The enemy’s enemy
“I’ve gone on about auctions to the extent that I have because they work, and the reason they work is human competitiveness. People get irrationally competitive at auctions.” – Larry McMurtry
Larry was writing about the sale of books but I have found that his keen observation applies whether you’re selling a rare first edition or a billy goat. To give you an example, I took bids once at the FFA and 4H heifer sale at our fair where three wealthy men who didn’t like each other got tangled up in a bidding war. Any time I let one buyer know that one of the other two fellows was bidding, he’d raise his bid. For the kids that day, the enemy of his enemy was indeed, their friend.
For several years in a row one buyer bought the Ideal Range Bull at a big sale in the west. It didn’t matter if the bull was black or white, good or bad, we always knew who was going to buy it. Then one year another status-seeking rancher got the idea into his head that he was going to buy the bull. Can you imagine the nerve? Needless to say, the longtime buyer of the champion was not going to let anyone buy “his bull,” even though the bull was so bad it should have had its manhood removed as a calf.
I’ve even see this phenomenon occur between cow buyers, men who usually don’t let their egos get in the way when they’re doing business. A cow buyer from Armour ventured further south than usual and the regular cow buyers on sale day were extremely upset about it. How dare he come into their territory? When he got to the sale barn they smelled around on him as if they were a bunch of dogs and during the sale they wouldn’t let him buy a single cow. Not one. It must have worked because the Armour man went back to Idaho and was never seen again in those parts.
1977 is not a year usually remembered as a banner one in the cattle business. Cattle prices were lousy and no one wanted to buy. Phil Stadtler called up his buddy, Jack Harris, who owned the reputable Harris Feeding Company in California, and told him that cattle were really cheap in Texas. So Jack got in his plane and flew to Amarillo where they were having a special sale of 15,000 cattle. Jack bought eight or nine thousand of them and the other buyers didn’t like it at all. The sellers did, but the other buyers, not so much. And Jack did the same thing the next week, and the next week. Then he told the auction folks in Amarillo, “I’ll see ya next week.”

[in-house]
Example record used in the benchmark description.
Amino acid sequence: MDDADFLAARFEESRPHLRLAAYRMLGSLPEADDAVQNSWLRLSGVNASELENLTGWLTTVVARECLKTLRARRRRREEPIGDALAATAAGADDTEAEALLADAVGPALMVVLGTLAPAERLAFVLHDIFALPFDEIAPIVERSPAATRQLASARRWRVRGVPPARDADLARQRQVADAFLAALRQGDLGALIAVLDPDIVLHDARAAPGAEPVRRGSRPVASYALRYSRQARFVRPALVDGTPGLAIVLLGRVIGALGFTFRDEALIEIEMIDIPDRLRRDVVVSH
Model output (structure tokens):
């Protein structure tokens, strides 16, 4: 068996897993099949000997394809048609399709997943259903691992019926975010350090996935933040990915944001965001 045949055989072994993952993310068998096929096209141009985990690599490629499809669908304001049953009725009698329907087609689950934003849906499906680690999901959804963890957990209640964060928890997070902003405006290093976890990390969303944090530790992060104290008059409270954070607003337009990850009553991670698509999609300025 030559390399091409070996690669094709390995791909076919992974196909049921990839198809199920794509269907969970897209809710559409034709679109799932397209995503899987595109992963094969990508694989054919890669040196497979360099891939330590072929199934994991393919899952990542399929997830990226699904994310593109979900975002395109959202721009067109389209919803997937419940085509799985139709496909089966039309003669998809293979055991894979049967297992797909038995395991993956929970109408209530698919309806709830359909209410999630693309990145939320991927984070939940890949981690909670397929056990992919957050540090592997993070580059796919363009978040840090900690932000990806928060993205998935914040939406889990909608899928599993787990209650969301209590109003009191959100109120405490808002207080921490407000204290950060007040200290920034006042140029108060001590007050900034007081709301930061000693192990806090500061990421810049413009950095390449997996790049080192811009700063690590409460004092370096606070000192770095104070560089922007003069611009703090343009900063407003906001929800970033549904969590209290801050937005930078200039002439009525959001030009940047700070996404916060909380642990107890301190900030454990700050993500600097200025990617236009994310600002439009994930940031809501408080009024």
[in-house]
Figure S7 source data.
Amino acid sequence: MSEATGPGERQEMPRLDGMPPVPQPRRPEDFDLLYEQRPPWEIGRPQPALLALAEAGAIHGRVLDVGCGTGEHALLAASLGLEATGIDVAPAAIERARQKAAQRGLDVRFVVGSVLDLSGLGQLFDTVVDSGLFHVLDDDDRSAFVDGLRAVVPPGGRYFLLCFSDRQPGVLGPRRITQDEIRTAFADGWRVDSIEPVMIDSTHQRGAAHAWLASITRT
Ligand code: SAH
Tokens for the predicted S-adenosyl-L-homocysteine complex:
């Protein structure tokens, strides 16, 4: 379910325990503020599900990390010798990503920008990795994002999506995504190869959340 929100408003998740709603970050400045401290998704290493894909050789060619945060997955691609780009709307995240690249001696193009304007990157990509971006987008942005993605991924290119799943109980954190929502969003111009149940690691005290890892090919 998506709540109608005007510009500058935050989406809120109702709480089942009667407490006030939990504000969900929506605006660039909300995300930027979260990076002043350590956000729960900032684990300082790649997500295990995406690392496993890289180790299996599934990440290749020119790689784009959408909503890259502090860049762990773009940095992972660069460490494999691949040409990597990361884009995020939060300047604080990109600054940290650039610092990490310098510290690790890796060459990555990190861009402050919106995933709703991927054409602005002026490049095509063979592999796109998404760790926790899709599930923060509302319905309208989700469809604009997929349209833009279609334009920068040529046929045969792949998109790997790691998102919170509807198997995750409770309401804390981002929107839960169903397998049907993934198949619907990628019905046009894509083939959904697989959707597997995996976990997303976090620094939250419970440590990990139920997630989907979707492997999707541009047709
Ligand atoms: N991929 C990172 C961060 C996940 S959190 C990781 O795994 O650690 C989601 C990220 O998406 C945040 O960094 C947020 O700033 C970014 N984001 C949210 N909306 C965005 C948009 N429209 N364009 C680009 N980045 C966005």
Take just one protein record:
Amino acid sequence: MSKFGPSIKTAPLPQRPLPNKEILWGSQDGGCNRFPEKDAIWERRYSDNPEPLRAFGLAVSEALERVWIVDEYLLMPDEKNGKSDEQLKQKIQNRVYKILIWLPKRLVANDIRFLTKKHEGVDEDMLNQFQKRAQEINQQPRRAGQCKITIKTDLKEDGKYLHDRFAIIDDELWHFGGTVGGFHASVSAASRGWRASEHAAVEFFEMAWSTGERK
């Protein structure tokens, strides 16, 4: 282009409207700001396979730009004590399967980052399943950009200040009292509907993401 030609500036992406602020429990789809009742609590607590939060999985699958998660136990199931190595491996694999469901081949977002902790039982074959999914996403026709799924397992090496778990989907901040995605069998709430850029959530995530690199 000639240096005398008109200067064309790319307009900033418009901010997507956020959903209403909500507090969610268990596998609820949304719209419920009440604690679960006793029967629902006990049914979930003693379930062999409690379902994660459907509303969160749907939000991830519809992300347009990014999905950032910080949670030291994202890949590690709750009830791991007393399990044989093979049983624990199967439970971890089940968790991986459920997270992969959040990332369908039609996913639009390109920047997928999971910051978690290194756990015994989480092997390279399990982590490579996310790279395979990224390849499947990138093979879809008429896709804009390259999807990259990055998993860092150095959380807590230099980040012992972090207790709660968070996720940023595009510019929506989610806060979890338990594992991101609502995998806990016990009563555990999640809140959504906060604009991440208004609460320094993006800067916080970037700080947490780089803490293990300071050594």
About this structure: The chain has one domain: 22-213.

By now the other buyers were fed up with a prunie from California, (even though Jack was originally from Texas). So, the buyers became sellers and spent the next week scouring the country, buying as many cattle as they could and shipping them to Amarillo. They were going to teach this prunie. If he wanted cattle, by gosh they’d make him pay for them and they’d make a good chunk of change while they were at it.
Sale day came and folks started getting nervous because there’d been no Jack Harris sighting. He never showed up all day and those Texas buyers, now consignors, had to sell their cattle to each other at less than what they’d paid. I once asked Jack’s widow if he did it on purpose and she smiled, winked and said, “Something came up.”
A couple years ago I was working a ritzy charity auction when two multi-millionaires got into a bidding war. One would bid and then stare an evil stare at the other. They obviously despised each other. The bidding went so high I could tell that one bidder was getting uncomfortable. Finally he went over to the other guy and “brother-in-lawed” him. In other words, he was crying uncle. Running up the white flag. Asking for a cease fire in the hostilities! The other rich guy evidently felt sorry for him, so he didn’t bid again. “I let him have it,” the satisfied mogul said to me.
“Yeah, right,” I said. “Twenty grand for a dinner and a motel room for one night? You really let him have it all right!”
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A pasture or lot with plenty of grass or bedding and windbreak is important when calving in the cold.